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Den Haag Links

June 2001
Memorial Weekend Tour - Somme, France
Assorted Great War Sites in the Somme Region
Beaumont-Hamel - Newfoundland Memorial
Normandy, France and the D-Day Invasion Beaches
Bayeux Invasion Museum
The Pointe-du-Hoc
Normandy American Cemetary - Omaha Beach
Omaha Beach - Charlie and Dog Green
Longues-Sur-Mer Battery
Mulberry-B Artificial Harbor
Wurzburg-Riese Radar Station
Caen: City of William the Conqueror
La Ferte Alais Airshow
Other Months
Index page

Longues-Sur-Mer Battery
Wednesday, June 06, 2001; posted by Paris

In the afternoon, we drove down the coastal highway to Longues-Sur-Mer gun battery. There are four casemates with their original 152mm naval guns. The casemates are in a semi-circle to maximize their firing arc, which allowed them to bombard the American and British forces on Omaha and Gold beaches. They could also fire nearly 13 miles out to sea. The casemates are located 300 meters inland from the control bunker (which is right on the cliff's edge).

The casemates were made of reinforced concrete and designed to withstand aerial attack (the walls were 6.5 feet thick). They sat on giant concrete slabs so they would not tip over if subjected to a near hit. However, they were vulnerable from the front - the 10mm thick armor plating had been pierced by Allied ships during the invasion. The designers attempted to protect the guns and crews by building a concrete canopy (the Todt front) which jutted out beyond the roof.

On 6 June 1944 the battery was repeatedly bombed during air-raids, but the guns remained in action, although communications were knocked out. Ships in the Channel opened fire and an exchange between the battery and various ships took place on and off throughout the day. Eventually the Allied ships silenced the guns and the 184 members of the battery surrendered to British troops.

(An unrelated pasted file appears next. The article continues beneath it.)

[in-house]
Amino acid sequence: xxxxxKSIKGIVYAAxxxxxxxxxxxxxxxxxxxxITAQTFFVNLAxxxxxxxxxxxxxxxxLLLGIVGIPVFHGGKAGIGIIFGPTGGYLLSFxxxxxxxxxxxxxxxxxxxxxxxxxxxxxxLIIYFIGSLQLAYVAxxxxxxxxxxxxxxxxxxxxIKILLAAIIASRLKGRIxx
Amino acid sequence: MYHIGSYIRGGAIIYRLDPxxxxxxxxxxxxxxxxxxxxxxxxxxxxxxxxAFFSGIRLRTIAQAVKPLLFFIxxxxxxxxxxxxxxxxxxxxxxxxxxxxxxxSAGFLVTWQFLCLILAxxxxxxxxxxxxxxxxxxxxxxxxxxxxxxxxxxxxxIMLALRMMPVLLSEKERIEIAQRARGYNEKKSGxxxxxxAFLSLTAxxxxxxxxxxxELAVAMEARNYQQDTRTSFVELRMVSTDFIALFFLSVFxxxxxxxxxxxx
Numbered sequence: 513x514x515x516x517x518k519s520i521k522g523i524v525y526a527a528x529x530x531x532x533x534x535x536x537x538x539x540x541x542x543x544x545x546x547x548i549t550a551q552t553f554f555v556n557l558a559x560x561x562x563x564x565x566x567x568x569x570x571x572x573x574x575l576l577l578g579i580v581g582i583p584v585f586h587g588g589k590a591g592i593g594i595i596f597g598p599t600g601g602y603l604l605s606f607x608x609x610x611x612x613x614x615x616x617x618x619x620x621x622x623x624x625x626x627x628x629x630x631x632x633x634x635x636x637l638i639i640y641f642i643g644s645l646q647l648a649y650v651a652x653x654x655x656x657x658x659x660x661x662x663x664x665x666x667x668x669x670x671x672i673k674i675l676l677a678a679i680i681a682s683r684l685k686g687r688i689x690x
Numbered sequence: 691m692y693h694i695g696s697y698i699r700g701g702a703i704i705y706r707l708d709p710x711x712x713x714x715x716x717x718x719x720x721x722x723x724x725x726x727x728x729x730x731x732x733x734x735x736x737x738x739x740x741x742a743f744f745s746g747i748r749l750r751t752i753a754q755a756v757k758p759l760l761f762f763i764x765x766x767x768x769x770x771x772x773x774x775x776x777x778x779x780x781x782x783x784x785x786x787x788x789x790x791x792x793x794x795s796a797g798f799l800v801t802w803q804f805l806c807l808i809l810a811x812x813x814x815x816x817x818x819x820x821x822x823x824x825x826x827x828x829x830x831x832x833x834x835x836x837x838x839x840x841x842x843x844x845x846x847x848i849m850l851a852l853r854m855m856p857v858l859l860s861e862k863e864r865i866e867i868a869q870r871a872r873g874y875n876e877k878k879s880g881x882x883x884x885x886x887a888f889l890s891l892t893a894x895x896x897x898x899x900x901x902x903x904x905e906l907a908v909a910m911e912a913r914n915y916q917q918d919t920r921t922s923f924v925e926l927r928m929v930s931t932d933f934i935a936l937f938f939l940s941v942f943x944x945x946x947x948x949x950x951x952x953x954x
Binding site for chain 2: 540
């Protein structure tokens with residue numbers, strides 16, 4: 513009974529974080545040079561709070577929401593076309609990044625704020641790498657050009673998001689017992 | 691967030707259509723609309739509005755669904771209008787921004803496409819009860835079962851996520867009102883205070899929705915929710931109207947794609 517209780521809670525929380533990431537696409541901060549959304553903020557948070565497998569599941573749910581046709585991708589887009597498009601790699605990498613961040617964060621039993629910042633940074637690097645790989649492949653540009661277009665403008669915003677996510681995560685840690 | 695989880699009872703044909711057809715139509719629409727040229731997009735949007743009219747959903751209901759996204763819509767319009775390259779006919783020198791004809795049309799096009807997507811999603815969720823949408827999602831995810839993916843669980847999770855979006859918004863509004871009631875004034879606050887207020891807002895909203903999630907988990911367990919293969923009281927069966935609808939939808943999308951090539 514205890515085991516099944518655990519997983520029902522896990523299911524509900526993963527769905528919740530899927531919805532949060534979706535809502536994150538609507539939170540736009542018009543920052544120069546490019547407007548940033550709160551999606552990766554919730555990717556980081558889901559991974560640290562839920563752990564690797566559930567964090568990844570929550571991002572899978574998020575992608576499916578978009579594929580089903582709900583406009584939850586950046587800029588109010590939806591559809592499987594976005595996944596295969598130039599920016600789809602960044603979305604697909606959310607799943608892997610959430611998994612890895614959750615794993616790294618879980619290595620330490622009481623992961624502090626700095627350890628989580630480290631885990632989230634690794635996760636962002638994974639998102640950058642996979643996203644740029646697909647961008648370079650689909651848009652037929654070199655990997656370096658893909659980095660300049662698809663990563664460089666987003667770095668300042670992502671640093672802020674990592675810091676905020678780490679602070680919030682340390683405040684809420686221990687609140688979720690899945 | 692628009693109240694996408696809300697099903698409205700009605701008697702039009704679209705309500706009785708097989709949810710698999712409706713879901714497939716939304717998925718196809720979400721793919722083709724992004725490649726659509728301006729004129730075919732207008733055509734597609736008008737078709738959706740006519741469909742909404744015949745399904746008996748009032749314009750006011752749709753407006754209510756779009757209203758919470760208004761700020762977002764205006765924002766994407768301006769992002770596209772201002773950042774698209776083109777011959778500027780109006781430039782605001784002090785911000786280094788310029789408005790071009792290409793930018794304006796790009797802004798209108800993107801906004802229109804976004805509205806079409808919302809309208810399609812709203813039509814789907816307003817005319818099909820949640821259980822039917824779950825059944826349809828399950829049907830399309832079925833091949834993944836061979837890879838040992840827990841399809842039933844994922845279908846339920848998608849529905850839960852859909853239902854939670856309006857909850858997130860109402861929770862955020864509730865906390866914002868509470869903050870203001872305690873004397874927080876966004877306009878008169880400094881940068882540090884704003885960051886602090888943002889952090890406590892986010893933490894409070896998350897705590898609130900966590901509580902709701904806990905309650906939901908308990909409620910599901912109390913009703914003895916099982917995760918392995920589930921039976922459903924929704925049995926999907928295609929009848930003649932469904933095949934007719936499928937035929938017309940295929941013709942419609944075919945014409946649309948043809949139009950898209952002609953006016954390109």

Me standing next to a casemate. All of these are open, and I was able to walk in and sit in one of the two gunner's seats.

A view from the observation bunker toward two of the four casemates.

Notice the earth piled (bursting layer) up along the sides of the casemate. This used to absorb the shock of explosions and make the casemates less visible from the air and sea.

Casemates were guarded by machine gun nests to repel any ground attacks. The small pits created in the concrete were filled with earth and grass to help blend the fortifications in with the surroundings. Hooks can be seen on the bunkers which were used to attach camouflage netting.

This is the control bunker, buried on the edge of the cliff face. Enemy targets were sighted here and then communicated back to the crews in the casemates (by telephone linked by cables buried deep underground - but were cut by 21 foot deep bomb craters). The cliff face had not been removed (where I am standing) at the time of the invasion. The bunker was still under construction and in order to conceal the activities, the dirt was not to be removed until completion of the complex.

This is looking at the back of the control bunker and out into the Channel. On the day of the invasion, the crew had to do manual range finding from the top deck (to see over the dirt mound) and tried various methods to communicate with the gunners while under siege.

This is a view looking left from the observation deck looking down on Omaha beach. Gold beach is in the opposite direction to the right.